• Richard McDonough

Co-Movement Gym: A is A Health Podcast S1E22 - What Causes People to be Depressed or Unhappy?

Josh introduces and describes his Sustainable Human Project. He says the motivation for this project came over the last few years as he heard many people in his community opening up about having issues with depression. Josh decided he wanted to figure out exactly what keeps people inspired, happy, and motivated.

Some statistics. 87% of people are unhappy with their jobs, 40 million adults suffer with anxiety, and 16 million adults suffer with depression.

Josh recounts that at one point he was in a similar situation. Prior to starting his business, he worked a job that he didn’t like. He worked in a cubicle, under artificial light, for a company with a mission he didn’t believe in, with co-workers who were equally uninspired. He made the move to leave and open his own gym, taking control of his own life and turning things around. This changed his life drastically for the better. Josh feels that going through this transition is what really sparked him to explore the larger issue of unhappiness in society, and to search for a solution that others could use to make positive changes in their own lives.

Jordan Peterson quote: “If we each live properly, then we will collectively flourish.”

Josh describes some areas that he feels many people could benefit to work on.

First: your aim in life should be clear, concise, and slightly larger than what you can accomplish in your lifetime.

Being clear in your aim will result in the world manifesting around your aim. This means that, opportunities don’t come about by chance, rather they are the result of having clarity around your aim. Josh feels that a typical “negative Nancy” doesn’t usually have truly clear aims.

Ricky and Josh discuss the problem of “fear of success.” Many people fear the added responsibility that comes from pursuing success.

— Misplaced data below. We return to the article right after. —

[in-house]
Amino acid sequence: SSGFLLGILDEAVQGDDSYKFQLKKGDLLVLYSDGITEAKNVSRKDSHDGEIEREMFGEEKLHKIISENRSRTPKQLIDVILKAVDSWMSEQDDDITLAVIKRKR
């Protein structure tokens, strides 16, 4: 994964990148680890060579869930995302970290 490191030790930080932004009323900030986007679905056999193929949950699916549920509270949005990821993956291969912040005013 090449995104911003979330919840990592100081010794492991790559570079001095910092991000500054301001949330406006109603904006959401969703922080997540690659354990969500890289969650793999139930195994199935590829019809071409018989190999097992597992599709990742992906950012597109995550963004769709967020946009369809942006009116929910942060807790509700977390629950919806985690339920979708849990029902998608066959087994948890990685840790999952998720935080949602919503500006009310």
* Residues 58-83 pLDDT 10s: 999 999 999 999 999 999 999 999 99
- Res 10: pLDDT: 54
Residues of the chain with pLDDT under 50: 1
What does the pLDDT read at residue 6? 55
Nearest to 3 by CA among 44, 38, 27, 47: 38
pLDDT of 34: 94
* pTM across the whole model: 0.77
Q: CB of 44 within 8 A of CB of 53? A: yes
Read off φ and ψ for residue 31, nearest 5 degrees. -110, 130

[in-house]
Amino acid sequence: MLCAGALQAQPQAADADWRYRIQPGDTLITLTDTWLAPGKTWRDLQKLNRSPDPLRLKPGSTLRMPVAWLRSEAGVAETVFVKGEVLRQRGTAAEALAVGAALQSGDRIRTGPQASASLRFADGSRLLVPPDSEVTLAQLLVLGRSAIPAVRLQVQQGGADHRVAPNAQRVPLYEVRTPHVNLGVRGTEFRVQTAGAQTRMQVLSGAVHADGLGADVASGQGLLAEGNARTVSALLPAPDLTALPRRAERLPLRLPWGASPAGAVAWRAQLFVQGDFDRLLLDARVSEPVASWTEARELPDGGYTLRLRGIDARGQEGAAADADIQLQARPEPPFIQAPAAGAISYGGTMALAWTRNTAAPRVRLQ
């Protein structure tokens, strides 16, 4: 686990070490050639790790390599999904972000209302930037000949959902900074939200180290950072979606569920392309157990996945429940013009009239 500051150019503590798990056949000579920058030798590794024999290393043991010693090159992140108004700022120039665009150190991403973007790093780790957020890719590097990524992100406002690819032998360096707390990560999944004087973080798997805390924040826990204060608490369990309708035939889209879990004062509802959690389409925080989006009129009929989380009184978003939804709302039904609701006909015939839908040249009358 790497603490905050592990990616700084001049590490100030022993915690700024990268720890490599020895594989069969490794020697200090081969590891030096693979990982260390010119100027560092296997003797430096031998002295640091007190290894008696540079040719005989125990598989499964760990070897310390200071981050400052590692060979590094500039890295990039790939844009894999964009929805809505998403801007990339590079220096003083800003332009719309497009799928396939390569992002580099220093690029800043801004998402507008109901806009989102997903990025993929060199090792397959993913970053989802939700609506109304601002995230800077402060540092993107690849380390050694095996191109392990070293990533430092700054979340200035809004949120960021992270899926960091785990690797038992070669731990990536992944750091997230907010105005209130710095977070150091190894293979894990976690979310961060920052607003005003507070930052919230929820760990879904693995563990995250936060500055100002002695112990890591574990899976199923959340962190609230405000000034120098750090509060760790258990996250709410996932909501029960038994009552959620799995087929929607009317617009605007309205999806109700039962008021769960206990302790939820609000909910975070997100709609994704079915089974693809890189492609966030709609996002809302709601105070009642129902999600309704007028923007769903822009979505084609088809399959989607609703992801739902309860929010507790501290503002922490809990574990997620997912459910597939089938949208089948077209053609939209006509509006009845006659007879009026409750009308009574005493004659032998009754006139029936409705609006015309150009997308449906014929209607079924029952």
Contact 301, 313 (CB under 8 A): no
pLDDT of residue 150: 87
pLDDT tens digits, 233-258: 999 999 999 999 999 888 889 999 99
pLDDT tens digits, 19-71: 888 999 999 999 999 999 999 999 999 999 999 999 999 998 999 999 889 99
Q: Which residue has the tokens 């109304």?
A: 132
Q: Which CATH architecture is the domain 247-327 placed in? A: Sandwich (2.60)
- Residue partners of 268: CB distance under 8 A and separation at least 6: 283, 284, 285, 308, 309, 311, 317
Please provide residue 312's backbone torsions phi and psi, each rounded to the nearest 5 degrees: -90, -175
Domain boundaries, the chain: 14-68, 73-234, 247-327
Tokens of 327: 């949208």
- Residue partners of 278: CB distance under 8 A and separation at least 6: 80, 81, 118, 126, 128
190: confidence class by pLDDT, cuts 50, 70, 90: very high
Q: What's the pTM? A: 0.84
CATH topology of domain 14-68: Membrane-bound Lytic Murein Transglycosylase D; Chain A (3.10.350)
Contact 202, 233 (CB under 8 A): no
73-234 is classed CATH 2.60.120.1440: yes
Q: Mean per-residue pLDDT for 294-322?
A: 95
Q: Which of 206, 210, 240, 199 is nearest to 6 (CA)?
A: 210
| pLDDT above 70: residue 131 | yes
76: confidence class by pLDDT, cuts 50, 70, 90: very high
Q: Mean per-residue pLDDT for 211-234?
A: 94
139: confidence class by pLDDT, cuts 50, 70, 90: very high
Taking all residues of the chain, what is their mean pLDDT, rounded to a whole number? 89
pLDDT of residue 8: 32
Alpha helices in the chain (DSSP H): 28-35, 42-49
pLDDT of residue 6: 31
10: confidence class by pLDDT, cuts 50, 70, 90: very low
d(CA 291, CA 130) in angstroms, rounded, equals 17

Second: be the example in life that you would like to see duplicated throughout the world. In other words, if you live a good life that brings happiness and positivity, you will encourage others to do the same by your example.

Third: build or join communities that promote the message you stand for in life. In other words, surround yourself with good people who share your values. Josh discusses the Blue Zones, and the importance of community and relationships in these cultures. An important thing to understand is that you are the average of the main people you spend your life with, so choose these people carefully.

Ricky points out that you should also surround yourself with people you aspire to be like.

Fourth: make yourself sustainable as a human being. This refers strictly to health. Josh points out that it’s hard to be happy when you’re unhealthy. Tips: don’t repeatedly damage your body, disconnect from social media, exercise daily, get quality sleep, and don’t look for quick fixes (think in terms of long-term consistency).

Fifth: live and spend below your means. This relates to a quote from Fight Club, “the things you own, end up owning you.” We have more material things than ever before, but many people are in debt trying to pay for these things.

Sixth: be careful what your dollars and time support. Your consumer decisions should support your values. For example, if you feel that constant use of technology is detrimental to your family time, then maybe you shouldn’t buy a tablet and smart phone for your children.

Josh makes the point that we’d see the most positive change in society if people voted with their dollars by only consuming things that align with their values.

Josh discusses the common perception that time seems to move much faster the older you get. He notes that for children, time seems to move very slowly.

Seventh: Growth slows things down, while stagnation speeds things up. Josh says that engaging in a project that inspires you really seems to slow things down. On the other hand, when you’re living in Groundhog Day, you wake up one morning and can’t believe you’re 50 years old – you don’t know where the time went. Josh thinks this is why life moves slowly for kids… because everything is new and exciting to them, life feels very full every day.

Eighth: we all need a certain amount of conflict or struggle in our lives, and that void will always be filled either positively or negatively, depending on your choices. If we don’t engage in positive conflict, we will get negative conflict instead. For example, exercise is a positive struggle, but if you don’t engage in exercise you will experience sickness, which is a negative struggle.

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